By the end of December 2002, the Czech EU Council presidency came to an end. Czechia was holding the rotating Council presidency for the second time and like in 2009 its presidency trio was rounded out by the preceding French presidency and the following Swedish one. The key difference between the two Czech presidencies was the changed institutional context. While the 2009 presidency took place on the verge of the entrance into force of the Lisbon Treaty, the Treaty nevertheless only came into effect in December 2009, a couple months after the Czechs passed the presidency baton to the Swedes. The 2022 Czech presidency was thus the first that the country held under the Lisbon rules. These rules curtailed the role of the rotating presidency in terms of presiding over the European Council as well as the Foreign Affairs Council. Most importantly, the practicalities of the Czech presidency were affected by the suddenly changed international context following the Russian aggression against Ukraine. The Czech presidency as well as the presidency trio had to revise their priorities and the entire EU was primarily focused on the war in Ukraine and its consequences. This special forum containing seven articles provides an early analysis that engages the existing scholarly literature on the performance of Czechia at the helm of the EU.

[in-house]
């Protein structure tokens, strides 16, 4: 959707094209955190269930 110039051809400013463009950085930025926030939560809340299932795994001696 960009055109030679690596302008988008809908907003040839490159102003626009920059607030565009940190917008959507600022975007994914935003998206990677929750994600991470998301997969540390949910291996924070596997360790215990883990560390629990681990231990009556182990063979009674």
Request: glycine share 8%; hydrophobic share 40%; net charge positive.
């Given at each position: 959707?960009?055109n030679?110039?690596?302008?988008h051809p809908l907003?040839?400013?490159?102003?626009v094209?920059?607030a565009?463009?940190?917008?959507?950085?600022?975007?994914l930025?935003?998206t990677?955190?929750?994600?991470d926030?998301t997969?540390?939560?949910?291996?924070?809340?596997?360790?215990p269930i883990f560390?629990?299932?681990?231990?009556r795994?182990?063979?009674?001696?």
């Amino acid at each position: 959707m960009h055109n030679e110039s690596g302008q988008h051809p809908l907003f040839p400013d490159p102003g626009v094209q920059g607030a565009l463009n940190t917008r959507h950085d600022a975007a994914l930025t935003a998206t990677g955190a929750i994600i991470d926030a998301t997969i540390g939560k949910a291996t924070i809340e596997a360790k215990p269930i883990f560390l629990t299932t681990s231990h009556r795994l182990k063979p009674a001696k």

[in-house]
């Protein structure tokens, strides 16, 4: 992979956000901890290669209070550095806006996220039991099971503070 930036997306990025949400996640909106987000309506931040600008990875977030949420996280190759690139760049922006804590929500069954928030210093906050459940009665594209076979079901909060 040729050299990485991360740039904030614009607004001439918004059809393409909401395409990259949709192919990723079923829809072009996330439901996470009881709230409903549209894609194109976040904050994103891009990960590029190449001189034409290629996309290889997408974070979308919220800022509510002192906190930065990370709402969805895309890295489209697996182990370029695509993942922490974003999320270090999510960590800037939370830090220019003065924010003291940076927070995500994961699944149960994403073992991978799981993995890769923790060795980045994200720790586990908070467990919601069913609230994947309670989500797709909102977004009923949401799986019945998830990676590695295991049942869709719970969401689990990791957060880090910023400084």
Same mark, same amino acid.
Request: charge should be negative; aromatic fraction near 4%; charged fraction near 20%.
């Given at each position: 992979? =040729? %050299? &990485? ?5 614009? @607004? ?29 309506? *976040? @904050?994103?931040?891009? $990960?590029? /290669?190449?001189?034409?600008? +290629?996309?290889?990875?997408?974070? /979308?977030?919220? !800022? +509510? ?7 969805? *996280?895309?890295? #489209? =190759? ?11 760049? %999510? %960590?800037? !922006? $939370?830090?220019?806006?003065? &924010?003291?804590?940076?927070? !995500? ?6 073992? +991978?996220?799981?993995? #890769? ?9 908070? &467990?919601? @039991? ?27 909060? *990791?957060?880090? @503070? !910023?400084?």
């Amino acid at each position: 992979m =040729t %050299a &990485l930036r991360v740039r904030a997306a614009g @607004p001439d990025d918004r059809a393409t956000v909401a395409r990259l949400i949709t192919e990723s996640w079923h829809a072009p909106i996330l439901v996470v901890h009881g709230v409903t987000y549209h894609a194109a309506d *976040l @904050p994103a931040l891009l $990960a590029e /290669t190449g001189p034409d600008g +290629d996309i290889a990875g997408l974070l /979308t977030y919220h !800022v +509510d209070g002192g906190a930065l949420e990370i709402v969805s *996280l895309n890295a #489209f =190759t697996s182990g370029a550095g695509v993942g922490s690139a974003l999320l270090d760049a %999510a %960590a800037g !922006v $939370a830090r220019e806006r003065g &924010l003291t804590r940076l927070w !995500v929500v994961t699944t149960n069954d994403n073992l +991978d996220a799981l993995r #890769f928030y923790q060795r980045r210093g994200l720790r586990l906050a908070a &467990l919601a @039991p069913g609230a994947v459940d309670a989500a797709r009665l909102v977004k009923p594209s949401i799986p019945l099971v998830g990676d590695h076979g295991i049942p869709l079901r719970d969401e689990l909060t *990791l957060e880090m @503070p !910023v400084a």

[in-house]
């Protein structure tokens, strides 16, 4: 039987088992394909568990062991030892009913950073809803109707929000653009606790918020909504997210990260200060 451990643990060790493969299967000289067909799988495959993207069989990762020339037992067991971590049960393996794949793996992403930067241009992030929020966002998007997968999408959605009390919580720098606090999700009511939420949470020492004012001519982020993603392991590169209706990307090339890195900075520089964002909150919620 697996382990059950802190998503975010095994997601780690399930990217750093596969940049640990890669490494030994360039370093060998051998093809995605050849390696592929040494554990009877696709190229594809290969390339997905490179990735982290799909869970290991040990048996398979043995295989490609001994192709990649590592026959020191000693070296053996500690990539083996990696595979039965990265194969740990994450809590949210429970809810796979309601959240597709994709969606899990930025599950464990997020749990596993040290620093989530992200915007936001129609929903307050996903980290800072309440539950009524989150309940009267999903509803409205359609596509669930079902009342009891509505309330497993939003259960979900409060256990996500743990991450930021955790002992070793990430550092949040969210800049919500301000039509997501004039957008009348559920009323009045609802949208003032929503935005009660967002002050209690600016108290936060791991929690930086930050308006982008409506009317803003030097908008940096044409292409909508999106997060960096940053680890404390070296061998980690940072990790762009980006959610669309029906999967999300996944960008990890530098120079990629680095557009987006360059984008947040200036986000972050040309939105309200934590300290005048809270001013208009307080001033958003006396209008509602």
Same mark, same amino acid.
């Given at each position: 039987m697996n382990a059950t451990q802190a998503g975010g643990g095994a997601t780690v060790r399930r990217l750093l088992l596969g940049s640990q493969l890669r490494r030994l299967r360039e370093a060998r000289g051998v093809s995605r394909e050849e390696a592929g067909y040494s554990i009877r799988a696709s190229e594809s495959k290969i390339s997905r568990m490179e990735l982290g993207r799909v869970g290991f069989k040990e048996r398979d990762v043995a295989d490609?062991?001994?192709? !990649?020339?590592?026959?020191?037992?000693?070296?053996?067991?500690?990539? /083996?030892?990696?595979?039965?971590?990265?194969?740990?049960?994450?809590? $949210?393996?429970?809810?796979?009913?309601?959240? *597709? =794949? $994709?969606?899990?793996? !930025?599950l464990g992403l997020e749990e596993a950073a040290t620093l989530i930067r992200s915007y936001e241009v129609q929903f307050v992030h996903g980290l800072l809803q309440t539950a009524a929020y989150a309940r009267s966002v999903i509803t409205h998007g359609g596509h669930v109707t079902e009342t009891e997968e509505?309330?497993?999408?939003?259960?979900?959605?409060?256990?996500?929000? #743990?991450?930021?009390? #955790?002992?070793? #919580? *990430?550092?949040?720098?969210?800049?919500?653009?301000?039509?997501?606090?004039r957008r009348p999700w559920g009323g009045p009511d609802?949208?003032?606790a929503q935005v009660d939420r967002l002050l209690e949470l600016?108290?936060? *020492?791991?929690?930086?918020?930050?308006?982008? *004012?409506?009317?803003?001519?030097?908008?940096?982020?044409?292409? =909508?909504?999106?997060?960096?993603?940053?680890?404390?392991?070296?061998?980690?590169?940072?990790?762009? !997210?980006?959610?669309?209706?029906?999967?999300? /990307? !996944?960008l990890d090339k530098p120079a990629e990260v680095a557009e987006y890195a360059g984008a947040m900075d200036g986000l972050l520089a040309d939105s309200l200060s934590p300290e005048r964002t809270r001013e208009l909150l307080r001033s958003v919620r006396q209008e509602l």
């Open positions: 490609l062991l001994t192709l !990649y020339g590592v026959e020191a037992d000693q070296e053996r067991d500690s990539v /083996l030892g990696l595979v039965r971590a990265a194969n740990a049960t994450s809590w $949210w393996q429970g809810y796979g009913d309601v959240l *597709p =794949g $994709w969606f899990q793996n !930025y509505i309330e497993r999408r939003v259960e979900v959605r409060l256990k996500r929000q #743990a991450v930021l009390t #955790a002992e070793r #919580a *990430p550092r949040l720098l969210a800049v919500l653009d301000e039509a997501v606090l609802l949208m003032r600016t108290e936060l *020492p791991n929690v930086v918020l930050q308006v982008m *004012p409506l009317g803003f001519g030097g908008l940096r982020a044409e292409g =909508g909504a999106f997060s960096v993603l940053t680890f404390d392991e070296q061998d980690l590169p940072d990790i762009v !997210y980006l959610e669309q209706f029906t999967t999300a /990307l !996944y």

Czechia, Council of the EU, Rotating presidency, assessment, Common Foreign and Security Policy (CFSP), Energy crisis, rule of law